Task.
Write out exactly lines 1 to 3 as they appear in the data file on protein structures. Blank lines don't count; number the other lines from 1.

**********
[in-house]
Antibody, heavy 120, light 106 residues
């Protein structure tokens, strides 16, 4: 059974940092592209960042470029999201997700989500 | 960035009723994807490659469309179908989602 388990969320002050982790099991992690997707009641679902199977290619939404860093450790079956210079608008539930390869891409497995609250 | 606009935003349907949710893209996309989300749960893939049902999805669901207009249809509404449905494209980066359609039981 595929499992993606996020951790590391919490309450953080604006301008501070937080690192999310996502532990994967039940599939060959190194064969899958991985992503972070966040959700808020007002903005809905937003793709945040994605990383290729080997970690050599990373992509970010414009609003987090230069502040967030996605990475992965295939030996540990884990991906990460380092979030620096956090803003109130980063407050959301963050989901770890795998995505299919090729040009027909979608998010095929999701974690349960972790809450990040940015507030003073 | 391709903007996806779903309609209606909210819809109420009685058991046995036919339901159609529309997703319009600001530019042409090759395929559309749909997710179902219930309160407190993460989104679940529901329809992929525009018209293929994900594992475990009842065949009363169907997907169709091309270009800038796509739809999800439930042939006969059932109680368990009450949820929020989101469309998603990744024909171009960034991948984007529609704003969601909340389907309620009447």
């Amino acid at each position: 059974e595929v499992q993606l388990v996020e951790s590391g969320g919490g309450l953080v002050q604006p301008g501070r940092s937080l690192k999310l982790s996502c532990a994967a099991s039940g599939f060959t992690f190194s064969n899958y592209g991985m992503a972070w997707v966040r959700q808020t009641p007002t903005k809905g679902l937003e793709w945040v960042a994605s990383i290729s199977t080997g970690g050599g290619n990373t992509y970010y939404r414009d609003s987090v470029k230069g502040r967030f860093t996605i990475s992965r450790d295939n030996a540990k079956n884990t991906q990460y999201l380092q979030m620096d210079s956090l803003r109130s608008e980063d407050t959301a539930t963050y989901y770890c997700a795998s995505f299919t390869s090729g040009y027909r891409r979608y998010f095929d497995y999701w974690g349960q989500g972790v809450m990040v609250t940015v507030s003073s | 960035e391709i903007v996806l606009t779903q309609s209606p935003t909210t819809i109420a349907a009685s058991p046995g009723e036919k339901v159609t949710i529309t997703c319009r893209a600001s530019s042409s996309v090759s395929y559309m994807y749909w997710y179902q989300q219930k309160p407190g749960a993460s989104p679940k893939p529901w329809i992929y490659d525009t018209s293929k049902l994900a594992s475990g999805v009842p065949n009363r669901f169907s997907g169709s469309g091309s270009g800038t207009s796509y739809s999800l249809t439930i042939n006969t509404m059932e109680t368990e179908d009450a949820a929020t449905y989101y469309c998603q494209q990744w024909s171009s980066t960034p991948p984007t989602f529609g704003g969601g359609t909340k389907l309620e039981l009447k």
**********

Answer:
[in-house]
Antibody, heavy 120, light 106 residues
């Protein structure tokens, strides 16, 4: 059974940092592209960042470029999201997700989500 | 960035009723994807490659469309179908989602 388990969320002050982790099991992690997707009641679902199977290619939404860093450790079956210079608008539930390869891409497995609250 | 606009935003349907949710893209996309989300749960893939049902999805669901207009249809509404449905494209980066359609039981 595929499992993606996020951790590391919490309450953080604006301008501070937080690192999310996502532990994967039940599939060959190194064969899958991985992503972070966040959700808020007002903005809905937003793709945040994605990383290729080997970690050599990373992509970010414009609003987090230069502040967030996605990475992965295939030996540990884990991906990460380092979030620096956090803003109130980063407050959301963050989901770890795998995505299919090729040009027909979608998010095929999701974690349960972790809450990040940015507030003073 | 391709903007996806779903309609209606909210819809109420009685058991046995036919339901159609529309997703319009600001530019042409090759395929559309749909997710179902219930309160407190993460989104679940529901329809992929525009018209293929994900594992475990009842065949009363169907997907169709091309270009800038796509739809999800439930042939006969059932109680368990009450949820929020989101469309998603990744024909171009960034991948984007529609704003969601909340389907309620009447």